IN THE early hours of last Saturday morning, May 8, supporters of the Oak Healthy Living Centre's Darkness Into Light fundraising and awareness event in Lisnaskea, donned their yellow shirts and joined together from afar to greet the sunrise and a new day in remembrance of those lost to suicide.

Every year, Darkness Into Light brings people together at pre-dawn meeting points all across the island of Ireland, and at similar gatherings all across the world, with participants then walking together to greet the sunrise and a new day – all in a bid to remember those who have died by suicide, and to also highlight that there is always help and support for anyone struggling with any self-harm ideation.

With the ongoing Covid-19 pandemic, organisers of such events had to alter their usual gatherings.

This year, the Oak Healthy Living Centre asked all supporters to don their yellow t-shirts – old or new – and take part in the event at a time and in a location that suited them. They also encouraged those taking part to record their sunrise moment by taking photographs and sharing them to the centre's Facebook page.

Health Promotion Co-ordinator at the Oak Healthy Living Centre, Patricia Flanagan was one of the organisers of Darkness Into Light in Lisnaskea.

She explained that although they couldn't hold a big event this year, there was still a "tremendous amount of support".

She continued: "In Lisnaskea itself, myself and a few other guys were doing it around 5am. There were quite a few people out on the street, in groups of twos and threes, and then there were some people who did it in Enniskillen and some who did it in Newtownbutler, Kilyfole and Rosslea.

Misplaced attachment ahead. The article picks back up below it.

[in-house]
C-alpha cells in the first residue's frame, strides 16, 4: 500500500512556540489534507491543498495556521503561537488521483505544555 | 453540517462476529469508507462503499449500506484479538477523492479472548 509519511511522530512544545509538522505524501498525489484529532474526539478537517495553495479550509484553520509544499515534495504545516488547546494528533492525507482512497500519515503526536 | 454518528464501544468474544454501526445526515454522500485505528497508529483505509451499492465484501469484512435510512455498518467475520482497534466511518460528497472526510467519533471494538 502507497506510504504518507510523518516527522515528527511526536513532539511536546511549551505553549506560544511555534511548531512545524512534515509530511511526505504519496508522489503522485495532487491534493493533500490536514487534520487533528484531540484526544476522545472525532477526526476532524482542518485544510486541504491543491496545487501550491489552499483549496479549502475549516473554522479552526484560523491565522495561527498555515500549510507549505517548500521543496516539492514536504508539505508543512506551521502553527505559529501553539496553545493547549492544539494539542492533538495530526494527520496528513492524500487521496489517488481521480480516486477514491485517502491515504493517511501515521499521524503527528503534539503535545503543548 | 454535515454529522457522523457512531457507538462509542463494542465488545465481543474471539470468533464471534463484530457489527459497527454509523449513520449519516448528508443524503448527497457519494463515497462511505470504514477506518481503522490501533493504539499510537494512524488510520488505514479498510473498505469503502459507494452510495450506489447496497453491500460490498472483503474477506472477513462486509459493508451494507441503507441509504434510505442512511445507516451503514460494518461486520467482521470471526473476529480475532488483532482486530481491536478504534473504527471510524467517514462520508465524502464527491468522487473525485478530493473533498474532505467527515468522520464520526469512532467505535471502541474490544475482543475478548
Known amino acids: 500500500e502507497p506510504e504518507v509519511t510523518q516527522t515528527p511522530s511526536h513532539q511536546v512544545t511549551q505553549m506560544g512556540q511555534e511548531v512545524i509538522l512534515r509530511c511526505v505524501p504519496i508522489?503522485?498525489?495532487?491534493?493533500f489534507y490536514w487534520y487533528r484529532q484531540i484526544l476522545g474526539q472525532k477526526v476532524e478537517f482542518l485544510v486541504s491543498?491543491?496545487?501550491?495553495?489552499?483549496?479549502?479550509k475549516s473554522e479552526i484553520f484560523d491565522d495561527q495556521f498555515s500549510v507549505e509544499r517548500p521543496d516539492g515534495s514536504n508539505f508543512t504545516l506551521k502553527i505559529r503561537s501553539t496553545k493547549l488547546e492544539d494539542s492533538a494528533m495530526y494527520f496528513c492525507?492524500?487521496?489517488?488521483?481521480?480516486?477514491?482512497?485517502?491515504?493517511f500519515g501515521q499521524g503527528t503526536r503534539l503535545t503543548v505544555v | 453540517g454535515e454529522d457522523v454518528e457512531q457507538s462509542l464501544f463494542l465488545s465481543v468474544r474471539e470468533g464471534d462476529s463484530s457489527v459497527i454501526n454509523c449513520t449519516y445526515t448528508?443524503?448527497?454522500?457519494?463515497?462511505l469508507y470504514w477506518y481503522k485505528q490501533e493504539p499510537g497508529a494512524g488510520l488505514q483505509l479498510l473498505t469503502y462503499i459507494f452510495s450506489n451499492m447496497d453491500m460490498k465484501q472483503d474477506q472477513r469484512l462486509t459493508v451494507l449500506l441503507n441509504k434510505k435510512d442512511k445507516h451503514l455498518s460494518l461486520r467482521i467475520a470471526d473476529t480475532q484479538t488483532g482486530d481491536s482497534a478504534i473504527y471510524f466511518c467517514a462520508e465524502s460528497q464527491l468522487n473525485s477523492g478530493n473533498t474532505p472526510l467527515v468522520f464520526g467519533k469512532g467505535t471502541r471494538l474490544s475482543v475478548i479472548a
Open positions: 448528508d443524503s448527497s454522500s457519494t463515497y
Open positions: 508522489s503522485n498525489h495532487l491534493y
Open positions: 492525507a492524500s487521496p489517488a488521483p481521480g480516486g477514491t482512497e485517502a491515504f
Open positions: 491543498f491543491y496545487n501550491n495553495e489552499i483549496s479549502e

"Even though it was a very different event, there was a huge amount of support for it. We were very, very happy with that, [the pandemic] didn't affect the whole ethos of the event," she said, adding: "People did do it in their own area, at their own pace, whatever way they wanted – some guys went to Rossnowlagh and did a swim at 5am.

"There was a good mix of things happening; there was tremendous support."

For the weekend of Darkness Into Light, from Friday, May 7 to Monday, May 10, a reflection area was created in the market yard in Lisnaskea, where the event’s traditional 'Tree of Hope' was erected, providing an opportunity for people to write a personal message to post on the tree.

"We had the 'Tree of Hope', so people visited it all weekend and wrote their personal messages on that so that was quite effective. It was somewhere where they felt they could go and have their own wee bit of space and time in memory of their loved ones, so that was quite nice for people," said Patricia.

The Tree of Hope is now in the Oak Healthy Living Centre and it will be there for two weeks to allow people who didn’t get an opportunity to call over the weekend to call-in and write a personal message about a loved one.